Most IH3 visa recipients become citizens of the United States once they enter the United States and receive an admittance stamp on their passport, approved by an official at a U.S. point of entry. You can take your child’s Vietnamese passport that contains the IH3 visa and the U.S. admittance stamp, evidence of the child’s relationship to a U.S. citizen parent, and the parent’s valid identification to any passport agency to apply for a U.S. passport. Please visit the Department of State’s passport website for further information.

If a domestic adoption was to be approved by the Vietnamese government, the adopted child could be eligible for an U.S. Citizenship and Immigration Services (USCIS) I-130 petition (Petition for Alien Relative) and receive an immigrant visa in the IR2 category (Child of a United States Citizen). For more information about IR2 visa, please visit the immigrant visa website.

Vietnamese adoption records are usually retained at the Vietnamese Department of Justice of the province where the child was adopted. We suggest you contact the Department of Adoptions, Ministry of Justice of Vietnam, which is the Vietnamese central authority for intercountry adoption, for their recommendation. Their contact information can be found here.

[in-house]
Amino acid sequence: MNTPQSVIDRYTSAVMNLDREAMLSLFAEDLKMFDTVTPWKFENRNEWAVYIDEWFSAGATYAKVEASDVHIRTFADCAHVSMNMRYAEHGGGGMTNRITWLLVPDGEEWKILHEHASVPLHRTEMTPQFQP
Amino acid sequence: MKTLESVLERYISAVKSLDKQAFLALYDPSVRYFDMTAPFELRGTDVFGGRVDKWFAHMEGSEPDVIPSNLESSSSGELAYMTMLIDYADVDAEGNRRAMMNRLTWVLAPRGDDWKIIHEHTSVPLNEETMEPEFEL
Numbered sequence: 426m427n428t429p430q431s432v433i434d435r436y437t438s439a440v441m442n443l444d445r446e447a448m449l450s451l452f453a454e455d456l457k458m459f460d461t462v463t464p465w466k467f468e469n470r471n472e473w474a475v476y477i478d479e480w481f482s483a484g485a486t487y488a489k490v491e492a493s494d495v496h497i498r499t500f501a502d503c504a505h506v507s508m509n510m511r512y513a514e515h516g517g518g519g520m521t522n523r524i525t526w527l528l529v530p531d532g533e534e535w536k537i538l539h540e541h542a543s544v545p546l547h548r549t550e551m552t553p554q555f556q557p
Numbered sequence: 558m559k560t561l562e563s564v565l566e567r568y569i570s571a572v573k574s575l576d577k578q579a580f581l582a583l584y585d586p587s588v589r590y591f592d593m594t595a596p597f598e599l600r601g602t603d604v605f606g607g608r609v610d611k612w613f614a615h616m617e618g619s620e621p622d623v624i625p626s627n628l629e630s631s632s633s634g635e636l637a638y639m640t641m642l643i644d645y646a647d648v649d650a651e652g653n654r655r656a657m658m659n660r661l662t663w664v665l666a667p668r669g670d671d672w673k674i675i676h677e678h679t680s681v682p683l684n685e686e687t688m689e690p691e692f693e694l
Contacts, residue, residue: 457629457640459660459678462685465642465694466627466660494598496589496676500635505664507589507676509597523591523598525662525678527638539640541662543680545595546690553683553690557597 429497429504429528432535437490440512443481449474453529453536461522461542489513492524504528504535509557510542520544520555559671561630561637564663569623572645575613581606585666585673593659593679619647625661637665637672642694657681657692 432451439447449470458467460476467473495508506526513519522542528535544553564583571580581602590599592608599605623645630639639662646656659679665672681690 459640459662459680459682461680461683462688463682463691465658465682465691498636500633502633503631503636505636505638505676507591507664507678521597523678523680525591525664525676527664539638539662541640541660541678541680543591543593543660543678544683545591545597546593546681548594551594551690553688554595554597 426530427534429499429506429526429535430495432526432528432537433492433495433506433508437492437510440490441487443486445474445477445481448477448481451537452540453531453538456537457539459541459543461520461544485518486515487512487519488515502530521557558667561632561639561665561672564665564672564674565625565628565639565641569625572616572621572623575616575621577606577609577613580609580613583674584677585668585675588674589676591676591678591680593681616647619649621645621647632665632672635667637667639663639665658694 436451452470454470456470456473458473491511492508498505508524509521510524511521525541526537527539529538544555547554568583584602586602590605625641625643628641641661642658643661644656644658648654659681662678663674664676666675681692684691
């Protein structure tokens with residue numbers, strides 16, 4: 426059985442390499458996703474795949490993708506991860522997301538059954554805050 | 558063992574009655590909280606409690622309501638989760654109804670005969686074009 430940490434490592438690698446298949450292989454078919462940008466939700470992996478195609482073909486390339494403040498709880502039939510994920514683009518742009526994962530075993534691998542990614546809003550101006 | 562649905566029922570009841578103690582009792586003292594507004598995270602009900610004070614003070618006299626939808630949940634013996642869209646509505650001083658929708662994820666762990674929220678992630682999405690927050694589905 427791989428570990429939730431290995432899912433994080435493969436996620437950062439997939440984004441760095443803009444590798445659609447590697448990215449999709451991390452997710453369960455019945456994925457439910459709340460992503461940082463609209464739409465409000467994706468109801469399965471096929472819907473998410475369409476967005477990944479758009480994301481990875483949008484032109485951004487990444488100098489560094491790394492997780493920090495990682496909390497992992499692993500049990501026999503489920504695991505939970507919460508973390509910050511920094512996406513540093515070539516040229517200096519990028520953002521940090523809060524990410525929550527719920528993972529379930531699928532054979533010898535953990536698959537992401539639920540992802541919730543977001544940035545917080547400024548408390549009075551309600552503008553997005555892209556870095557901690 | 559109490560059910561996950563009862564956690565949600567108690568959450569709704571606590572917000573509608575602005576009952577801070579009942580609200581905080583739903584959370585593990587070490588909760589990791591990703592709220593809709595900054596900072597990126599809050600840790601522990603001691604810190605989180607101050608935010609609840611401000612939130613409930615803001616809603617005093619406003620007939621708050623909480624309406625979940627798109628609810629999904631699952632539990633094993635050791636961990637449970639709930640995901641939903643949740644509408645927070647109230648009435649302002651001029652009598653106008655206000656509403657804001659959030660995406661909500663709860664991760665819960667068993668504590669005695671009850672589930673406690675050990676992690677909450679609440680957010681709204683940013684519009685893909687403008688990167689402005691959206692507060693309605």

Some adoption service providers in the U.S. may provide birth family search services. You may consider reaching out to an adoption service provider to seek further assistance. Information on accredited U.S. Adoption Service Providers is available at the Department of State’s website for intercountry adoptions. Another good place to start you research is our list of post-adoption support organizations available at this link.

In addition, records on past immigrant visa issuances would become part of an individual’s alien file retained by U.S. Citizenship and Immigration Services (USCIS) which may be obtained through the Freedom of Information Act (FOIA) process.  You may follow this and link for information on how to make a proper request.